Unhappily, just spent 45 minutes in the wrong line. Happily, I arrived well early in anticipation of possible screwups, whether theirs or mine. (Not sure which category my 45-minute diversion falls into, tbh.) Anyway, I’ve now got my tickets and I’m on the boat. Taking the fast route (hydrofoil) thus time rather the slow and scenic, so I should be in Hydra in a bit over an hour.

The island is called Hydra (originally hydrea, “watered”) because it had a source of fresh water. (It no longer has; all drinking water is imported from the mainland.) It’s no connection to Heracles’ multiheaded monster, which was called Hydra because it lived in a lake.
Nowadays it’s pronounced EETH-ra. Sometimes spelled Ydra, Idhra, etc. …

I’m on Hydra, in the Mistral Hotel [or Hotel Mistral; both names are used] – a level walk from the harbour, unlike some hotels here that involve many steps and bring a donkey to carry your luggage. (No cars on Hydra.) This hotel is much more expensive than the Fivos (that’s why I’m only staying two nights) but of course also much nicer.
It’s also right off the courtyard of the restaurant Douskos Xeri Elia, where Leonard Cohen (a singer I may have mentioned once or twice) used to hang out, which I didn’t know when I booked it but it’s a welcome bonus.

It’s a bit cloudy here right now, but it’s supposed to be sunny all day tomorrow.
After this trip I’m going to need new shoes. I seem to have treated these in a shockingly abusive manner.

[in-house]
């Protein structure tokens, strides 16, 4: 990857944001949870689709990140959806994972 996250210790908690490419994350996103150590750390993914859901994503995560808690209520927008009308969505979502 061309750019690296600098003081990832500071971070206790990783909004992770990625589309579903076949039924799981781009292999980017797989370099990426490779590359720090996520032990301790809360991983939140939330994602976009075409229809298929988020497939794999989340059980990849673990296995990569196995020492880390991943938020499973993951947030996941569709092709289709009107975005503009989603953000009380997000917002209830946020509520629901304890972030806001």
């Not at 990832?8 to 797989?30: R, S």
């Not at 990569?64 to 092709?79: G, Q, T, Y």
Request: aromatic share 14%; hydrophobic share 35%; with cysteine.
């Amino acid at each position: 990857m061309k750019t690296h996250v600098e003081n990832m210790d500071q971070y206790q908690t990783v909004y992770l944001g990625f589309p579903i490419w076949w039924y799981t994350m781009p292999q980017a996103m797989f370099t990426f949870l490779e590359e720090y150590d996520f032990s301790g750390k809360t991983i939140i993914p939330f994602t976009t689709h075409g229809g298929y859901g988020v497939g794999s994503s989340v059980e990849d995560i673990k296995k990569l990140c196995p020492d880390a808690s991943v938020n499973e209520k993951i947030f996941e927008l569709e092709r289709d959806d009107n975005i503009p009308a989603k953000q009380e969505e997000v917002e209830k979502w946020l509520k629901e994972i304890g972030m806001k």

At the moment I’m sitting on a stone bench gazing at the sea while cats climb around me. It’s very de-stressing (the opposite of distressing).

One of the cats has claimed me and driven the other cat off.

The cat had staked out a space on the bench behind my head. A dog just came along, jumped up on the bench, and tried to hassle the cat. A burst of angry hissing and sharp claws sent the dog running. The cat then quietly reclaimed its place. Now the cat has its paws on my shoulders, rubbing my head, purring, and starting to fall asleep. Well, I can’t leave now.

Now the cat has managed to perch precariously on my chest. I may be here for a while. …

The other cat came back to get in on the petting action, but the first cat was not inclined to share. I did indeed end up spending a while there. Well, there are worse ways of spending an evening than watching a Mediterranean sunset while petting a purring cat. Probably a flea-infested cat, but ya gotta go with the moment. …

I came to Hydra, met a cat, and stayed on a stone bench for an hour and a half.
Yeah, that’s the way it was in those days. …

Now I’m in Xeri Elia, the restaurant where Cohen used to hang out. (I’m such a fanboy.) You can see [on my facebook page] musicians playing, and the two large trees (there are photos on the interwebs of Cohen and friends under one of the trees). …

Xeri Elia closed at midnight and I made my way back to my hotel like a drunk in a midnight choir only not drunk and not singing and not with a group.

The next day:

Free breakfast in the Hotel Mistral: it’s not a buffet, you sit down and they just bring you all this stuff.

This morning I hiked up to Leonard Cohen’s house; it’s undergoing renovations and has a new owner. There’s supposed to be a plaque and a new street sign, but these are missing (perhaps stolen by fans as souvenirs; perhaps stolen by the new owners to make it harder to find). My GPS is rather vague, but I came across a group of Canadian Cohen fans, and each of us had some info the other lacked, and together we found it!

A guide to fellow Cohen house-seekers (oikozetetics?): the house and street aren’t on GPS, but Kriezi Street (“had to go Kriezi to love you ….”) is. Along Kriezi St. is a grocery store with mustard-coloured walls …; the short street leading to Cohen’s house is directly opposite the store.
Cohen’s door has a door knocker in the shape of a hand, with a Star of David behind it. (Unless the new owner changes it.) …

My afternoon walk ….